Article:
For this purpose the sulphate ultramarine should be selected, and when 70 pounds of the dry blue are mixed with about 40 pounds (or nearly 5 gallons of water) and run through a stone mill until fine, the result should be 100 pounds of a smooth paste that will keep well for months in well-sealed jars.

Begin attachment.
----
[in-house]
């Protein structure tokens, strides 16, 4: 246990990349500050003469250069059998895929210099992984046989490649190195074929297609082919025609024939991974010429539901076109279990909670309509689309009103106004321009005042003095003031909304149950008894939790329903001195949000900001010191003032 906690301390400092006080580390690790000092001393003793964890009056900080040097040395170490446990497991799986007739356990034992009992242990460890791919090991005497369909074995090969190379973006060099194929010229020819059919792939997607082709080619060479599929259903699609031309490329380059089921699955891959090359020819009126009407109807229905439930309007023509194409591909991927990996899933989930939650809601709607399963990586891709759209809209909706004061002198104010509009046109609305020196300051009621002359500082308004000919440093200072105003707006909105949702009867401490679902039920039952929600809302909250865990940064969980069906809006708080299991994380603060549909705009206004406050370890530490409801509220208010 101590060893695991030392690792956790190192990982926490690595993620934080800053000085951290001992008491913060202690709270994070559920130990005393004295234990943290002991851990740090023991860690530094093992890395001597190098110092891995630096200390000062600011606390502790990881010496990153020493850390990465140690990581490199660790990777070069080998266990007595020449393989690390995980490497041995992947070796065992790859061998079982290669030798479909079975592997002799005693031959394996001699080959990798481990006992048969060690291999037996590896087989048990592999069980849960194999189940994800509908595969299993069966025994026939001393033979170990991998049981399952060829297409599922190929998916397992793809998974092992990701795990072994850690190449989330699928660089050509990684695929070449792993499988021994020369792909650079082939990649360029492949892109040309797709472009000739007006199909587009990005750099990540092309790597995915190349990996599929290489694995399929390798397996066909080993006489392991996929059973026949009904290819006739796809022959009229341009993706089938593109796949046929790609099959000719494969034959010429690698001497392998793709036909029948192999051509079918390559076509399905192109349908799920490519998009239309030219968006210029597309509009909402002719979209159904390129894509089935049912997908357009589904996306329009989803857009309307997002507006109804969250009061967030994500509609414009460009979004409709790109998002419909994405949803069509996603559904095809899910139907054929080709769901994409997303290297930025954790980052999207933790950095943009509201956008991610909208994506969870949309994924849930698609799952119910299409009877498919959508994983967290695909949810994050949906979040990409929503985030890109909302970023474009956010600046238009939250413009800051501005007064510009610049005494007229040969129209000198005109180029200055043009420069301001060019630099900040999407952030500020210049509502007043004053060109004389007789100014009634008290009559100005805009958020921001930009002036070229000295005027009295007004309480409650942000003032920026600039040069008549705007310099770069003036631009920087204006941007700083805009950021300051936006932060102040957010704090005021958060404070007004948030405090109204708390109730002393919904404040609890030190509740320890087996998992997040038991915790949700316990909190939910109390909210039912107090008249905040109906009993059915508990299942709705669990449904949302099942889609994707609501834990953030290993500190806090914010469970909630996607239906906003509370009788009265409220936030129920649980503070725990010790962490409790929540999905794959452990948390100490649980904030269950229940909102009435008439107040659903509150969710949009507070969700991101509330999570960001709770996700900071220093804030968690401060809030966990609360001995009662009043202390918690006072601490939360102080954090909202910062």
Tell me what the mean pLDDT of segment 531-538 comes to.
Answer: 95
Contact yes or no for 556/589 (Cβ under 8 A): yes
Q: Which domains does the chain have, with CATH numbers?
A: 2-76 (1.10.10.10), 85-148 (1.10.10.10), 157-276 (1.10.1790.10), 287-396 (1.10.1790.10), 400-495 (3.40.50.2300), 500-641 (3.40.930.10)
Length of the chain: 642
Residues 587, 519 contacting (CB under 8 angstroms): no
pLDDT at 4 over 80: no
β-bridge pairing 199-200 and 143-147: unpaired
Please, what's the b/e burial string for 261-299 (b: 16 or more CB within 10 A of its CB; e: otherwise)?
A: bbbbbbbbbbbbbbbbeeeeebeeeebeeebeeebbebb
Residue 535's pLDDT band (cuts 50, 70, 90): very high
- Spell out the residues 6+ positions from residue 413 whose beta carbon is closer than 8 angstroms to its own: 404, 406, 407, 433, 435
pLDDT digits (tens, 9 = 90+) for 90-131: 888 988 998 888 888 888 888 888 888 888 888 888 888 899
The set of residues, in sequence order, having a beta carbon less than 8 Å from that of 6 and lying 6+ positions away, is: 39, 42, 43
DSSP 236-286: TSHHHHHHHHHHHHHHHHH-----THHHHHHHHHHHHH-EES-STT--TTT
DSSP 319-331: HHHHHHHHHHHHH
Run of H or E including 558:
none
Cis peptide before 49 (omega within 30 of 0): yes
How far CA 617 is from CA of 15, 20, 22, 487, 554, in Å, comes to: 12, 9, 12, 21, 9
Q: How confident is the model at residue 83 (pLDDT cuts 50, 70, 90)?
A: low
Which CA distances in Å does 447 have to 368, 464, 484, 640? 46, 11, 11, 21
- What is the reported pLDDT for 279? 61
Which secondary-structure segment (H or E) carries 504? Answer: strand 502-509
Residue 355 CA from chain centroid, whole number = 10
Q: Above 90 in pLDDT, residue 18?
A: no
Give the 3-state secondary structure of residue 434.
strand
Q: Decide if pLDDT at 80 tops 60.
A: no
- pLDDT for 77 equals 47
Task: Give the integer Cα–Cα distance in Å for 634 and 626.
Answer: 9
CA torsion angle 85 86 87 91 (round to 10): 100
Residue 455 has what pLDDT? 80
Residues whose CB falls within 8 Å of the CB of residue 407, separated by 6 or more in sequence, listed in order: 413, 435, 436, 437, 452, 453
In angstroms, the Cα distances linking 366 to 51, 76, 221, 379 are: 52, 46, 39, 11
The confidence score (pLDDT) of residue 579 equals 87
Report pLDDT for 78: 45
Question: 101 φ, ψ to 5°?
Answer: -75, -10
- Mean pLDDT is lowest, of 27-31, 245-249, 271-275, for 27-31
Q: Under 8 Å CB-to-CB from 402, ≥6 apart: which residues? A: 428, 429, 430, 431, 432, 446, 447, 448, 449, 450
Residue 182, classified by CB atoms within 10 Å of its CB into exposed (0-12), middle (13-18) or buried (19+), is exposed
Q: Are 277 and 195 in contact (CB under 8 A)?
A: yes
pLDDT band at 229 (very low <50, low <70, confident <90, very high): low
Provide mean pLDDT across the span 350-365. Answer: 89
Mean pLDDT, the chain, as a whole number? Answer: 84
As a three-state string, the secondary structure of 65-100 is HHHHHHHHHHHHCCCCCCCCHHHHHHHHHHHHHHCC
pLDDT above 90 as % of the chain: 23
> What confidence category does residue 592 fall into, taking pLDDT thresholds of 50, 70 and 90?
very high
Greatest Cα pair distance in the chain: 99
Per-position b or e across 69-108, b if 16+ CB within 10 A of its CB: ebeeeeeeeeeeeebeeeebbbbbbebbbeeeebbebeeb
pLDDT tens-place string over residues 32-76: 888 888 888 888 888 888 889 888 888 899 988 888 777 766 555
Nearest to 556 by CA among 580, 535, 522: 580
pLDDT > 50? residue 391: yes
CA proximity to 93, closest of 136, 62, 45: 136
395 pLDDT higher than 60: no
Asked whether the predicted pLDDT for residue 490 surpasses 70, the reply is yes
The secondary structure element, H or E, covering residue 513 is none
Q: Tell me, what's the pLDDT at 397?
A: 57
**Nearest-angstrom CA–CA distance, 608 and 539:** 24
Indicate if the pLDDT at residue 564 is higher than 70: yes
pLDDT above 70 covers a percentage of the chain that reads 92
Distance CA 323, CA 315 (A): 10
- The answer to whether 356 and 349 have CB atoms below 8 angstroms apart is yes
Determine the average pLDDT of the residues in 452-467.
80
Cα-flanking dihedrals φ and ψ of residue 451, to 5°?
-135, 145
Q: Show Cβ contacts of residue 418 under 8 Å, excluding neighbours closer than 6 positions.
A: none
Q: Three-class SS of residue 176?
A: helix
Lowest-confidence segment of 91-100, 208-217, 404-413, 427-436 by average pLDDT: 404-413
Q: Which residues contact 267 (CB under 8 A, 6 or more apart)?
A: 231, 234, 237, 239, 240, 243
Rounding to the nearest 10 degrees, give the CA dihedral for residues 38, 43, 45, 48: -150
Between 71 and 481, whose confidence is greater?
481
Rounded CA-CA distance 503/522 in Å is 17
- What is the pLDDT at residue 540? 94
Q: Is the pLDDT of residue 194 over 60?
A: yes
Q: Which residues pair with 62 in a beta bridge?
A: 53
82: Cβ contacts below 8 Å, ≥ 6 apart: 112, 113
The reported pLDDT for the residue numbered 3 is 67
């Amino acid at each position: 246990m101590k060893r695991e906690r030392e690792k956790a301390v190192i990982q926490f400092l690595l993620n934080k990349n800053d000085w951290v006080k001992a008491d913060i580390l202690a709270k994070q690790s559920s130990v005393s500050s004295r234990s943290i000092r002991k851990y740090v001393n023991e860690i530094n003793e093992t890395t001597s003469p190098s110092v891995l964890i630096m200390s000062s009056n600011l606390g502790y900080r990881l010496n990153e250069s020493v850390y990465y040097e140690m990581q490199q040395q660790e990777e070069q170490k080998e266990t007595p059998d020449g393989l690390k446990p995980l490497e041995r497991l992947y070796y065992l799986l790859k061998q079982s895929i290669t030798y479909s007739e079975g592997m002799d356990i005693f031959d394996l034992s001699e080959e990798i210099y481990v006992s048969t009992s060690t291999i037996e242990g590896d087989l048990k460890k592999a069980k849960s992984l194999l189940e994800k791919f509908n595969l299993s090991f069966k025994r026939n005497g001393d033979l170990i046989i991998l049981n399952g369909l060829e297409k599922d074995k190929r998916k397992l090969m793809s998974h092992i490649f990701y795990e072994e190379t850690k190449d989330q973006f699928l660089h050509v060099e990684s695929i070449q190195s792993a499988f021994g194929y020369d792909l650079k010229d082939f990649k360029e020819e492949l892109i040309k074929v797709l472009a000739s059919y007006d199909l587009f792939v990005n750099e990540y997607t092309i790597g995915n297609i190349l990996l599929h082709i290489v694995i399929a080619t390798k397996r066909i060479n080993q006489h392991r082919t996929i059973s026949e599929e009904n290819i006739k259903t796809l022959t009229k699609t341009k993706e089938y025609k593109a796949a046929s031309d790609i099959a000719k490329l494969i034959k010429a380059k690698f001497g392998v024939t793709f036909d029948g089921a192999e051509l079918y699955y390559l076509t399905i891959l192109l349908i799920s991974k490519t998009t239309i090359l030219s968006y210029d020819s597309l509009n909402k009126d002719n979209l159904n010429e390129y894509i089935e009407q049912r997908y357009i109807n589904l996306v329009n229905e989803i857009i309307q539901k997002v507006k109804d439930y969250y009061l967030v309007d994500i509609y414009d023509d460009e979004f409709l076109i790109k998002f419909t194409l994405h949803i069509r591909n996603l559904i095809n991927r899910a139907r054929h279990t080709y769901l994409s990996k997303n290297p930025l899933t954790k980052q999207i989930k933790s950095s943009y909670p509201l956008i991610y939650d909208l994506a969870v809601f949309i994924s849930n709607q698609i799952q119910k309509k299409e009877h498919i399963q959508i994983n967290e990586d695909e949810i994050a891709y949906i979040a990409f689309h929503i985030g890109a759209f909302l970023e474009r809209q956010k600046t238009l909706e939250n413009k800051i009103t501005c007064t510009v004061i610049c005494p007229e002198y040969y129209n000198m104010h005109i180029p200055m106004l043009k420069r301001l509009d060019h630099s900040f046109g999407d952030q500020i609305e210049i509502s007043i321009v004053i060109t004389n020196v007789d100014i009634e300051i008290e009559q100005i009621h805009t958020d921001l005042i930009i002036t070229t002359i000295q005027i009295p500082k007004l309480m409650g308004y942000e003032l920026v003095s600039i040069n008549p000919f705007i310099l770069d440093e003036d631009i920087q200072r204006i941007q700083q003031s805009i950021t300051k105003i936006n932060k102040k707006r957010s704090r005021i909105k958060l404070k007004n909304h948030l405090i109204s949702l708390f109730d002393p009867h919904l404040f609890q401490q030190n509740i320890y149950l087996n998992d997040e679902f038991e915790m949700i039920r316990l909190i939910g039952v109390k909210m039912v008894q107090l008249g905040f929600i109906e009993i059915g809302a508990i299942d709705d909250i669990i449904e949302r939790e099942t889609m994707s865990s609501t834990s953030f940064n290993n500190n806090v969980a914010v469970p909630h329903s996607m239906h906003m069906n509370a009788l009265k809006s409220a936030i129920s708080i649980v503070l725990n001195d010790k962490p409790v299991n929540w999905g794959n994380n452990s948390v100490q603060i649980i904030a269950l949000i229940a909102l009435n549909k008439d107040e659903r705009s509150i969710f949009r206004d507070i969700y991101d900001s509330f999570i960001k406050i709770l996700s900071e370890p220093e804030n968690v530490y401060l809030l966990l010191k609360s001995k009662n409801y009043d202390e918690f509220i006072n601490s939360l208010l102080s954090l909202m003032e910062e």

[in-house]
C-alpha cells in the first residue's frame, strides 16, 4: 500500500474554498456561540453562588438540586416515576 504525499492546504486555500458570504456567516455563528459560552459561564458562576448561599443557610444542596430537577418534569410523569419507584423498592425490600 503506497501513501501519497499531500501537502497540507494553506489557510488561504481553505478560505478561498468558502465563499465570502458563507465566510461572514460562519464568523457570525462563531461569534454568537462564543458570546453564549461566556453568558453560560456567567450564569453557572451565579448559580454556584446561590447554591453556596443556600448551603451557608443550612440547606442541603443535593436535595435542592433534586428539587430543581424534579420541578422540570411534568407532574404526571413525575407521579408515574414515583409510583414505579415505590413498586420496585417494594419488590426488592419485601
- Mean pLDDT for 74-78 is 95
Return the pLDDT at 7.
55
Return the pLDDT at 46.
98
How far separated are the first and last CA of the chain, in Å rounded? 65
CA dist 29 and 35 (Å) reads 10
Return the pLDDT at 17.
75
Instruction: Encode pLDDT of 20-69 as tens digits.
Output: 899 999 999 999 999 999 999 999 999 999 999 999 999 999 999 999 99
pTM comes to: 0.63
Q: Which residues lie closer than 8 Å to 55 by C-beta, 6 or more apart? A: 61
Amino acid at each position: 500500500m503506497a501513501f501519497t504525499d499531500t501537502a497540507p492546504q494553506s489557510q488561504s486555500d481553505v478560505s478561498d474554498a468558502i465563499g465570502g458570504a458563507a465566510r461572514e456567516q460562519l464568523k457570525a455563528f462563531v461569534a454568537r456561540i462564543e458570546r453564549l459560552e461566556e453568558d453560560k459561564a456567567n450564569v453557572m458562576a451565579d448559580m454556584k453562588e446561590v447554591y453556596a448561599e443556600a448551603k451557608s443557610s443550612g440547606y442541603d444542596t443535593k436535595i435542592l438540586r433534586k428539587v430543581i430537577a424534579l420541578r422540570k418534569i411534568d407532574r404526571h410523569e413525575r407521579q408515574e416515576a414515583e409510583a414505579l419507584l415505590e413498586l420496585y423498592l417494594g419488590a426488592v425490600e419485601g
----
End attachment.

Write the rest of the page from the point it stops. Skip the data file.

Since the petroleum trade began to assume its great proportions half a century ago, enormous quantities of barrel paints have been made, and for a time at least the greatest consumption was in blues, because the practice was to paint only the heads of the oil barrels in white or yellow or buff; while the bilge of the barrels were mostly painted in various shades of blue, the base of which was ultramarine, because whenever Prussian blue was used as tinting color, the paste, on standing about, suffered a change in a short space of time, not only becoming much lighter in shade, but also turning to a dull greenish tint. This is partly due to the alkaline properties of the carbonate of lime (whiting) in the pigment, but more so to the acidity of the rosin in the benzine and rosin liquid, which is the vehicle for barrel paints in paste form. As a rule, blue barrel paints in paste form for the petroleum and cottonseed oil trades and whatever other trades will use them to a minor degree are composed of a low-priced ultramarine blue. American zinc white or lithopone and whiting (chalk) or a mixture of whiting and terra alba (gypsum), ground in a vehicle commonly known as gloss oil, and consisting of about 425 pounds of medium colored rosin, dissolved with or without heat in 50 gallons petroleum spirit (62 deg. benzine). The heavy benzines now on the market will not answer the purpose, being too slow in evaporation, causing the paint to require too long a time to dry. Rosin is now practically 150 per cent higher than it was five or six years since and benzine is nearly three times the price of one year ago. As nearly all consumers or concerns using these paints have their own standard shades, it is not practicable to give a formula here, but we may say that because of the keen competition among grinders the margins of profit are very small, even if the goods can be sold in very large quantities.